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With Texas win, Romney secures delegates to win nomination

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Mitt Romney walks to an awaiting car after walking off of his campaign plane at McCarran International Airport on May 29, 2012 in Las Vegas.

Updated 9:45 p.m. ET -- Mitt Romney won the Republican primary in Texas on Tuesday, a victory that gives him more than the 1,144 delegates needed to secure his party's presidential nomination.

Following a bruising primary season earlier this year that extended longer than many Republicans had hoped, NBC News projected that Romney had finally won the necessary delegates to secure the nomination, though the former Massachusetts governor won’t earn the official nod until August's Republican National Convention in Tampa.

The race for the Republican nomination has been largely over since the April 3 primary in Wisconsin. Romney's win in that contest prompted the eventual withdrawals of his remaining rivals: Rick Santorum, Newt Gingrich, and Ron Paul. It also hastened the onset of President Barack Obama's own re-election offensive versus Romney.

"I am honored that Americans across the country have given their support to my candidacy and I am humbled to have won enough delegates to become the Republican Party's 2012 presidential nominee," Romney said in a statement Tuesday evening. "Our party has come together with the goal of putting the failures of the last three and a half years behind us."

Romney spent the evening at a closed-doors fundraiser in Las Vegas with Gingrich and reality television star Donald Trump.

While conservatives appear to have rallied behind the former Massachusetts governor, the long campaign season was not without its consequences for Romney.

The Republican has been fundraising aggressively to make up for money spent during the nomination battle, which depleted, in part, his relative financial parity versus Obama.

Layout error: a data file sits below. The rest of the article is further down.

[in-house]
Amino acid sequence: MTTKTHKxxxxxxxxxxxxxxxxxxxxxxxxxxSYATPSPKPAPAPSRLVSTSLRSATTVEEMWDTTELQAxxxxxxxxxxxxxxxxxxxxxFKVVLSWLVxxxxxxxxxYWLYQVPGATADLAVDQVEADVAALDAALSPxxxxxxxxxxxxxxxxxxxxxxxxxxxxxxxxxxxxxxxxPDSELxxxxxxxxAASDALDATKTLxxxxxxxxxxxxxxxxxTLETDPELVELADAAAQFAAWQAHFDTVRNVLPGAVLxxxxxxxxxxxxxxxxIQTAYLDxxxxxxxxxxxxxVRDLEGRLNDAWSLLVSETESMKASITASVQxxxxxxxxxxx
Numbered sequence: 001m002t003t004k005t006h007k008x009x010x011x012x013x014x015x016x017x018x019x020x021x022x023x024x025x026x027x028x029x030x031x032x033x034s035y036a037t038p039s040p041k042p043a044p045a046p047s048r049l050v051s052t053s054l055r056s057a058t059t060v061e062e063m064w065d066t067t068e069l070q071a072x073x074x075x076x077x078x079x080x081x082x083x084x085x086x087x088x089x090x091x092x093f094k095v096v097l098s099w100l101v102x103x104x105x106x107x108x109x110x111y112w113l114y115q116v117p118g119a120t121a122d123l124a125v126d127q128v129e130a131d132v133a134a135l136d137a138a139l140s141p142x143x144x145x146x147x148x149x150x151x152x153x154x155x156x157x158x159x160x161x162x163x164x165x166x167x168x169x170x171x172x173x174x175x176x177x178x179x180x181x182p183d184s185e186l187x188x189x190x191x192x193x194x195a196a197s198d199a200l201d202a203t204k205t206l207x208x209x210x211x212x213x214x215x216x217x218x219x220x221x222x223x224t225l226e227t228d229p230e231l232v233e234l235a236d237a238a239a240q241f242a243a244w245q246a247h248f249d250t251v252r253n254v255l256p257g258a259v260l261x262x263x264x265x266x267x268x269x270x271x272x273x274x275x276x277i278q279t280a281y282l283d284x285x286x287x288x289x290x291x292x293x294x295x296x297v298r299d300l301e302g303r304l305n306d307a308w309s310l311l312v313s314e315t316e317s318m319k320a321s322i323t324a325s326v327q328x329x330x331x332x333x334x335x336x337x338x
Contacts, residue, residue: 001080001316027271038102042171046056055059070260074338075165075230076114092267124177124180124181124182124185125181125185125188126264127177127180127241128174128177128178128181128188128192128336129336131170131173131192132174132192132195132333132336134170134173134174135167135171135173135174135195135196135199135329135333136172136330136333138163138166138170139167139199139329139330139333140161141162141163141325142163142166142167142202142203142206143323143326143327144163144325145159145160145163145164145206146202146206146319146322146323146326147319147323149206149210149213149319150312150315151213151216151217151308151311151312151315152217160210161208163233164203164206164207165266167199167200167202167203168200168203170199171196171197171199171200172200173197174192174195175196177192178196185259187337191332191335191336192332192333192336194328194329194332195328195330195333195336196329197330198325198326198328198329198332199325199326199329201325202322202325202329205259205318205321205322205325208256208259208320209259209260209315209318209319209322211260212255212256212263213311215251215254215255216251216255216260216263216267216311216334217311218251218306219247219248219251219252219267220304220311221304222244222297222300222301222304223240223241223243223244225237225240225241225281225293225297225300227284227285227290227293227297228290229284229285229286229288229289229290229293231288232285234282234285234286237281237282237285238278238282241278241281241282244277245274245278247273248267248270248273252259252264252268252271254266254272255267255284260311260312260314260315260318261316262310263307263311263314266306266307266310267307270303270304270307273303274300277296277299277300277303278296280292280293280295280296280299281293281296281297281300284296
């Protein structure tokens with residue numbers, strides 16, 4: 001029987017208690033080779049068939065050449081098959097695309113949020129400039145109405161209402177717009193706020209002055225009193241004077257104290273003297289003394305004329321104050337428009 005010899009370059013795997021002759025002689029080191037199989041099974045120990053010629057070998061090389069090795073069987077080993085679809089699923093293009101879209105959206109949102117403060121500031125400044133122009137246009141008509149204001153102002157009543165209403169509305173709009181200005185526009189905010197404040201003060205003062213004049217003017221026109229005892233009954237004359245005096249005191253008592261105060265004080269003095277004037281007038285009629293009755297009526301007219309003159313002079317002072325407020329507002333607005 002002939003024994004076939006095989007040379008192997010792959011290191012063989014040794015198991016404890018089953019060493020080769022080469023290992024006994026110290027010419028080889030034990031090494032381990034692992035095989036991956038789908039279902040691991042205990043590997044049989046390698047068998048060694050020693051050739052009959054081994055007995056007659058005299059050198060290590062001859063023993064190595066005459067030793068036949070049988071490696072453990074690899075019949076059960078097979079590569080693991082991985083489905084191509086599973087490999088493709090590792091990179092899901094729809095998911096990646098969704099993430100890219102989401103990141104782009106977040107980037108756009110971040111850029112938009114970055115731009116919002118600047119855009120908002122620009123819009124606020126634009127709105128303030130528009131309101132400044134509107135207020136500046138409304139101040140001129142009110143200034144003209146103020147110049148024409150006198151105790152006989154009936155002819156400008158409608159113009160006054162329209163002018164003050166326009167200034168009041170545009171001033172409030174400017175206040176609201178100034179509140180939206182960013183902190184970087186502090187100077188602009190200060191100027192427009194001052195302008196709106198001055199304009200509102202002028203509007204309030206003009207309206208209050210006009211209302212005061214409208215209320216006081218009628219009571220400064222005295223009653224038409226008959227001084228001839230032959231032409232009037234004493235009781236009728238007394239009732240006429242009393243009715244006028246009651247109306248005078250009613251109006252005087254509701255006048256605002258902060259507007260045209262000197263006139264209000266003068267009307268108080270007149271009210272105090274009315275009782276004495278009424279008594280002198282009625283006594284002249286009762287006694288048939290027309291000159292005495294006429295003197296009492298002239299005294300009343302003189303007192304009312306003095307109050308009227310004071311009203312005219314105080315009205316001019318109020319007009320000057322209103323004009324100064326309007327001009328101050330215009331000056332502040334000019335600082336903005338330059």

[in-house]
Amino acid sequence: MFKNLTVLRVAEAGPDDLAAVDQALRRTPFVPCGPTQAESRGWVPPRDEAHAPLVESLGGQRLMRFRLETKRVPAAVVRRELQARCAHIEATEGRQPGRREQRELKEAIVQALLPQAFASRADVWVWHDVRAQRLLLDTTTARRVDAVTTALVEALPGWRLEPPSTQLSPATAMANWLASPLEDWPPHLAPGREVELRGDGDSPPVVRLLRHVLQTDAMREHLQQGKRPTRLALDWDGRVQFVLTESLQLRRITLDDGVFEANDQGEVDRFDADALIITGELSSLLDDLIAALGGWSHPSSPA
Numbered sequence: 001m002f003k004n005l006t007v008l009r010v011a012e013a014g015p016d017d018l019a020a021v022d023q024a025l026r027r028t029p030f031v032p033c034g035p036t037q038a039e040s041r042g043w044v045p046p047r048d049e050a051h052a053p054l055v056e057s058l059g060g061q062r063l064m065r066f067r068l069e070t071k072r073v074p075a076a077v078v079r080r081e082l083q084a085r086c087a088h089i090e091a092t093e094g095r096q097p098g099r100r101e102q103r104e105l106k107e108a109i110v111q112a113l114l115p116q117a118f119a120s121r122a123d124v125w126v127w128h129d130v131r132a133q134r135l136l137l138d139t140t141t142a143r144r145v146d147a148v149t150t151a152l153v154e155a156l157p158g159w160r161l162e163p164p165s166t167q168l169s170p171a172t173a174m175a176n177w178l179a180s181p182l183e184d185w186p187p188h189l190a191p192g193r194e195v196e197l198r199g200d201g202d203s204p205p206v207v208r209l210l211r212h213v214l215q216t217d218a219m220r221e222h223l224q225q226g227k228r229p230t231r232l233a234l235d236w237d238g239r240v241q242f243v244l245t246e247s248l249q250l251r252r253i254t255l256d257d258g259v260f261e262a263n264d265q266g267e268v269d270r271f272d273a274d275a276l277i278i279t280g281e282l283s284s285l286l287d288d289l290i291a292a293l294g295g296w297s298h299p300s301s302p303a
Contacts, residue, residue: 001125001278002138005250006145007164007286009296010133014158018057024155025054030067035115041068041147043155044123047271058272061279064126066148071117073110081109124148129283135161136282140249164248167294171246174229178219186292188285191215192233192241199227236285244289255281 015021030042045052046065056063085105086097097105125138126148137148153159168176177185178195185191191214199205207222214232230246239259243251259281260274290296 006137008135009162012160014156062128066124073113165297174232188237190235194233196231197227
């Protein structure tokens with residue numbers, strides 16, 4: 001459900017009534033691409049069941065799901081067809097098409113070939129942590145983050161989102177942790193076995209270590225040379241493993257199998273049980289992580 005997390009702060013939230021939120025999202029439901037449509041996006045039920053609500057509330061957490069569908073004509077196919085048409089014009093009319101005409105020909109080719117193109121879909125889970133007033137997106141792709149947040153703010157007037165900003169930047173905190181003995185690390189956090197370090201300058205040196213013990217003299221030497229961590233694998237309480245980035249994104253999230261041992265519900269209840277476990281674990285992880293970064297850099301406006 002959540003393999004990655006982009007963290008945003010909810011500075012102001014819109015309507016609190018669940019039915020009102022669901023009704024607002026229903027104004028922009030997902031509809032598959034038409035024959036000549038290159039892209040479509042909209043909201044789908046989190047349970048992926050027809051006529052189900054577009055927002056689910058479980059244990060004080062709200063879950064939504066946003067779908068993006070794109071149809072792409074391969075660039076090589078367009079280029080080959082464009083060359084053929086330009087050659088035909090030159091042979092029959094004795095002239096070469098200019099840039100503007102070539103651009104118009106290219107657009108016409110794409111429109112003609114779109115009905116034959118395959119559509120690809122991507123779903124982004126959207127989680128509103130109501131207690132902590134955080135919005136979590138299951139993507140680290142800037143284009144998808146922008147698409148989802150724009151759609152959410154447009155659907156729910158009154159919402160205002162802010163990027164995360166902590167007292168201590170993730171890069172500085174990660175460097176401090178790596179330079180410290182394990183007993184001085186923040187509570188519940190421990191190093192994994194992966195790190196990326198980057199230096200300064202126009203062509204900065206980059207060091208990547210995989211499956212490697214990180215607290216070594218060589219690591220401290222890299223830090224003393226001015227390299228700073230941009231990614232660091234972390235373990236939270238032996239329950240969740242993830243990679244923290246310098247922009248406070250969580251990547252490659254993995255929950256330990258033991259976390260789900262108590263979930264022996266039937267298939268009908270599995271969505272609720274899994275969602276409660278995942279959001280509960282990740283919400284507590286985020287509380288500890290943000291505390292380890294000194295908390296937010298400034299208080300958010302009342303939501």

Appearing at a campaign event is Las Vegas, GOP presidential hopeful Mitt Romney tells supporters that he will focus on putting Americans back to work if he is elected president.

But more significantly, the Obama campaign has been turning some of the most stinging attacks on Romney from other Republicans and revived them for use in the general election.

"I have no illusions about the difficulties of the task before us. But whatever challenges lie ahead, we will settle for nothing less than getting America back on the path to full employment and prosperity," Romney said in his victory statement. "On November 6, I am confident that we will unite as a country and begin the hard work of fulfilling the American promise and restoring our country to greatness.”

Case-in-point: the Obama campaign has spent much of the past two weeks attacking Romney's experience at Bain Capital, the private equity firm Romney had co-founded. That is a line of attack first advanced by Gingrich and Texas Gov. Rick Perry in January.

Romney's continued advantage versus Obama, though, lies with an economic recovery that still rests on precarious footing.

May's NBC News/Wall Street Journal poll found that half of Americans judged last month's jobs report as unsatisfactory. That dampened optimism for a recovery -- and, in turn, for Obama -- could become a potent political weapon for Romney, especially if continued economic unrest in Europe slows the pace of the recovery in the U.S.